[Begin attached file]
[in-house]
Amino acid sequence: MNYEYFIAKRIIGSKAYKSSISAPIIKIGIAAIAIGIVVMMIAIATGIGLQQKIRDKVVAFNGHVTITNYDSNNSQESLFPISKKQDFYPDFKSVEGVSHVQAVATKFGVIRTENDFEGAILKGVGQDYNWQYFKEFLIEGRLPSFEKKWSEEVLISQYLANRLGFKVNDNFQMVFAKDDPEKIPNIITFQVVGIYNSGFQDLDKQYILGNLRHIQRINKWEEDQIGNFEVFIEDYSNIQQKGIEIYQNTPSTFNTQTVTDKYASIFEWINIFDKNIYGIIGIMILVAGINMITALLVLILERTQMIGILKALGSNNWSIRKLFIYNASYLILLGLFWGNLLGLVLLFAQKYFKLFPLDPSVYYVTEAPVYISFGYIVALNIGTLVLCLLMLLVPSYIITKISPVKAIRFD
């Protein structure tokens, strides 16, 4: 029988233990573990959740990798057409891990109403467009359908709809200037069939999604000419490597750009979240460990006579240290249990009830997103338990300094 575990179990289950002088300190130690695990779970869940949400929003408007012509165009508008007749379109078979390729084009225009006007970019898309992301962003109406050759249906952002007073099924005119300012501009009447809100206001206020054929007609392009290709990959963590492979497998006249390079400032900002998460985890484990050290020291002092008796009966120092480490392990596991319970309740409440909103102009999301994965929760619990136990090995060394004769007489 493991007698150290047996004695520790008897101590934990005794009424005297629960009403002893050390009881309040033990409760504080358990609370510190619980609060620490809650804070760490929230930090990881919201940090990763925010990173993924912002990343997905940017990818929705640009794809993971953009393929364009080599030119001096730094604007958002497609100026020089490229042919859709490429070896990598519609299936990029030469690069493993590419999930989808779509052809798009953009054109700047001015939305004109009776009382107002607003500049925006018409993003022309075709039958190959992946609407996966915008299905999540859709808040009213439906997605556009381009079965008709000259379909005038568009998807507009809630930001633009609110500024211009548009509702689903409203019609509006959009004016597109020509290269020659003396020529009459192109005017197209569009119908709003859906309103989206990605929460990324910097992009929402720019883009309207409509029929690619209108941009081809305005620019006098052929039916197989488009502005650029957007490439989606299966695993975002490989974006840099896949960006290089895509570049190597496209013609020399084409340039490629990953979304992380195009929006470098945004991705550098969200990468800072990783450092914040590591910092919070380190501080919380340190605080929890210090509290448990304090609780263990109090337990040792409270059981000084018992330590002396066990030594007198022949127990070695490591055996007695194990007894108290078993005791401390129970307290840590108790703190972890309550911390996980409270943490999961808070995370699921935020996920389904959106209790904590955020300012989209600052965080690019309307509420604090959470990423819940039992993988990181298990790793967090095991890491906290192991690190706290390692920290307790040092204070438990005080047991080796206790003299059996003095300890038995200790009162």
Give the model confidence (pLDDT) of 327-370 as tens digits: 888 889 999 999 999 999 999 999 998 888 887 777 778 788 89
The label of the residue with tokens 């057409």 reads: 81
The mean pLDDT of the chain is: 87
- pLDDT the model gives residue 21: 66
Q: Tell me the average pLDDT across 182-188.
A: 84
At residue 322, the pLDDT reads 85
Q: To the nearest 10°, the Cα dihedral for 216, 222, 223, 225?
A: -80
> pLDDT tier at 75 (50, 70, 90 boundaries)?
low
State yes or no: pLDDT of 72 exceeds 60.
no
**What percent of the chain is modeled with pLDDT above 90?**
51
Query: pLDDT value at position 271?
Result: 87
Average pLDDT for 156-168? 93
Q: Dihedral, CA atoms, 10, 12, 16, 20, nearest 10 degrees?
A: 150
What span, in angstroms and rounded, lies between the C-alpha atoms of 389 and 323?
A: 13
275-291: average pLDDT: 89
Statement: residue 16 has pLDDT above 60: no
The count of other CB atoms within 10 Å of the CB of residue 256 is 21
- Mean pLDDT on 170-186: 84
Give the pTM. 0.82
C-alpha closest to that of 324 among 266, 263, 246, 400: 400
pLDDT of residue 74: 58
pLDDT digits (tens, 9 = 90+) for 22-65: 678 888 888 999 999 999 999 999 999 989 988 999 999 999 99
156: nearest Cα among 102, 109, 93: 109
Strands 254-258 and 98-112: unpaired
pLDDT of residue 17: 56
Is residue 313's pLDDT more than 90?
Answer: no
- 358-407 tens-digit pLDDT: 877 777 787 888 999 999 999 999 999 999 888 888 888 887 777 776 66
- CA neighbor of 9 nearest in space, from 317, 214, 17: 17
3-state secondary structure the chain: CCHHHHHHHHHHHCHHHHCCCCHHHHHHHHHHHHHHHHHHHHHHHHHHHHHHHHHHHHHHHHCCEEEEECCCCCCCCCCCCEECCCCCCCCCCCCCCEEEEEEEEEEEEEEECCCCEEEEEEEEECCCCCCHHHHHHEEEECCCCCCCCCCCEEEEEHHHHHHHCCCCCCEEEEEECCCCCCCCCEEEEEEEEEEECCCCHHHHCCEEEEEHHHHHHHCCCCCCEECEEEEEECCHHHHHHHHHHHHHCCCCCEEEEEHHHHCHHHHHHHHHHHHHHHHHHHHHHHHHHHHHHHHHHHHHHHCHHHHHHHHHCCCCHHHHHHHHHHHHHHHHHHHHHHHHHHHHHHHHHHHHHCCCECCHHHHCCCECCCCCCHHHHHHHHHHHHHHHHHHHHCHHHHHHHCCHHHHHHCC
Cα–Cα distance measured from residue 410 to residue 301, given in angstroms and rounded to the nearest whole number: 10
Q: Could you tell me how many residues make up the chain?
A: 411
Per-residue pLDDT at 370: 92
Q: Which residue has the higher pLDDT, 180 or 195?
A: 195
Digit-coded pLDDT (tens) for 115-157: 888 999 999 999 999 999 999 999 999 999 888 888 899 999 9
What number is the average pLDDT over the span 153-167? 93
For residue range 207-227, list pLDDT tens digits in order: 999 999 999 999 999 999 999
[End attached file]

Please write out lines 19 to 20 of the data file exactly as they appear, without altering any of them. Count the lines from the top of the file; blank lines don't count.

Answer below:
Query: pLDDT value at position 271?
Result: 87